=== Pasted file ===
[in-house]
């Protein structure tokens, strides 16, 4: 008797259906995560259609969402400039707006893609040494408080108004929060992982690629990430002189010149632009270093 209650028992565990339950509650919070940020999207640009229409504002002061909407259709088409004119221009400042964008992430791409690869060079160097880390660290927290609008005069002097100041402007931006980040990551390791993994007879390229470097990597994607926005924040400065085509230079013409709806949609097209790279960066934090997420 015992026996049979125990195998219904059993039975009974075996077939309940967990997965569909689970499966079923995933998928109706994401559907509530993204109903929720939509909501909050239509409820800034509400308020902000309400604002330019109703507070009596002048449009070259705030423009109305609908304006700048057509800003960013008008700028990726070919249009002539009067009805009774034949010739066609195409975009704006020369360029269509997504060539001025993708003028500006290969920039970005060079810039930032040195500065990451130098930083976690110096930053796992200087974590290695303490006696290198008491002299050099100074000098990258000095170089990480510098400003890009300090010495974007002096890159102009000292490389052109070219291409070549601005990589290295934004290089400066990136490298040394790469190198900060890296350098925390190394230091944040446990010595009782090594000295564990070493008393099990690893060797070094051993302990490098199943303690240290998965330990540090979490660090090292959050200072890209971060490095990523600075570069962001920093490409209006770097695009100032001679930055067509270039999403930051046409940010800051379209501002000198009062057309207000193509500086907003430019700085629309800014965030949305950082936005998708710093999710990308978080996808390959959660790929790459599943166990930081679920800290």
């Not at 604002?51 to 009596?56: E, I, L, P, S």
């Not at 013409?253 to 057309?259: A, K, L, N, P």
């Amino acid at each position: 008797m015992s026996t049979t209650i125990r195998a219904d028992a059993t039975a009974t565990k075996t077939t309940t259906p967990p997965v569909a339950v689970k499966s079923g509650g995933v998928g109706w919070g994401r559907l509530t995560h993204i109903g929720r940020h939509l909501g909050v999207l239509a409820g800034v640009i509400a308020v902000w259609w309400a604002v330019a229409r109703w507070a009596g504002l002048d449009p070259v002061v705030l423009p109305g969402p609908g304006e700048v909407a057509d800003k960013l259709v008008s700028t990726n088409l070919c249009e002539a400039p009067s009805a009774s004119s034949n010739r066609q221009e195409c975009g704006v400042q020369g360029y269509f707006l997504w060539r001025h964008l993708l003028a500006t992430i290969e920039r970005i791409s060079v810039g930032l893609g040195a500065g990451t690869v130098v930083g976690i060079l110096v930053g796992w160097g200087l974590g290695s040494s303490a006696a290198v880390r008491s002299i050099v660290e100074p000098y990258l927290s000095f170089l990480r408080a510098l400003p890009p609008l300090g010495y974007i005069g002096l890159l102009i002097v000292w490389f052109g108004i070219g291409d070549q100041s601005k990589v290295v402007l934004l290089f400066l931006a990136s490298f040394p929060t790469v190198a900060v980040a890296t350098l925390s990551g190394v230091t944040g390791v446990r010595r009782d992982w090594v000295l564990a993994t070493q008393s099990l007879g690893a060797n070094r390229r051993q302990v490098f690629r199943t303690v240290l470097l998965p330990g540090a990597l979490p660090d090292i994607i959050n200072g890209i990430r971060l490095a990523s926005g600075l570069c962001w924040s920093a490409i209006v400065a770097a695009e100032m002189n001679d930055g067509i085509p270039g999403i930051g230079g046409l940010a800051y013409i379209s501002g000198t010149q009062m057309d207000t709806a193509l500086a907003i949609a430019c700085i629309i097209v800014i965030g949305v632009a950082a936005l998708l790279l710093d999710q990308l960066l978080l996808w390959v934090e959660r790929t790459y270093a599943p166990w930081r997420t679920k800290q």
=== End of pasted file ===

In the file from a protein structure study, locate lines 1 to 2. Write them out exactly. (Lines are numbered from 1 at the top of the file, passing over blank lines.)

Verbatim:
[in-house]
């Protein structure tokens, strides 16, 4: 008797259906995560259609969402400039707006893609040494408080108004929060992982690629990430002189010149632009270093 209650028992565990339950509650919070940020999207640009229409504002002061909407259709088409004119221009400042964008992430791409690869060079160097880390660290927290609008005069002097100041402007931006980040990551390791993994007879390229470097990597994607926005924040400065085509230079013409709806949609097209790279960066934090997420 015992026996049979125990195998219904059993039975009974075996077939309940967990997965569909689970499966079923995933998928109706994401559907509530993204109903929720939509909501909050239509409820800034509400308020902000309400604002330019109703507070009596002048449009070259705030423009109305609908304006700048057509800003960013008008700028990726070919249009002539009067009805009774034949010739066609195409975009704006020369360029269509997504060539001025993708003028500006290969920039970005060079810039930032040195500065990451130098930083976690110096930053796992200087974590290695303490006696290198008491002299050099100074000098990258000095170089990480510098400003890009300090010495974007002096890159102009000292490389052109070219291409070549601005990589290295934004290089400066990136490298040394790469190198900060890296350098925390190394230091944040446990010595009782090594000295564990070493008393099990690893060797070094051993302990490098199943303690240290998965330990540090979490660090090292959050200072890209971060490095990523600075570069962001920093490409209006770097695009100032001679930055067509270039999403930051046409940010800051379209501002000198009062057309207000193509500086907003430019700085629309800014965030949305950082936005998708710093999710990308978080996808390959959660790929790459599943166990930081679920800290």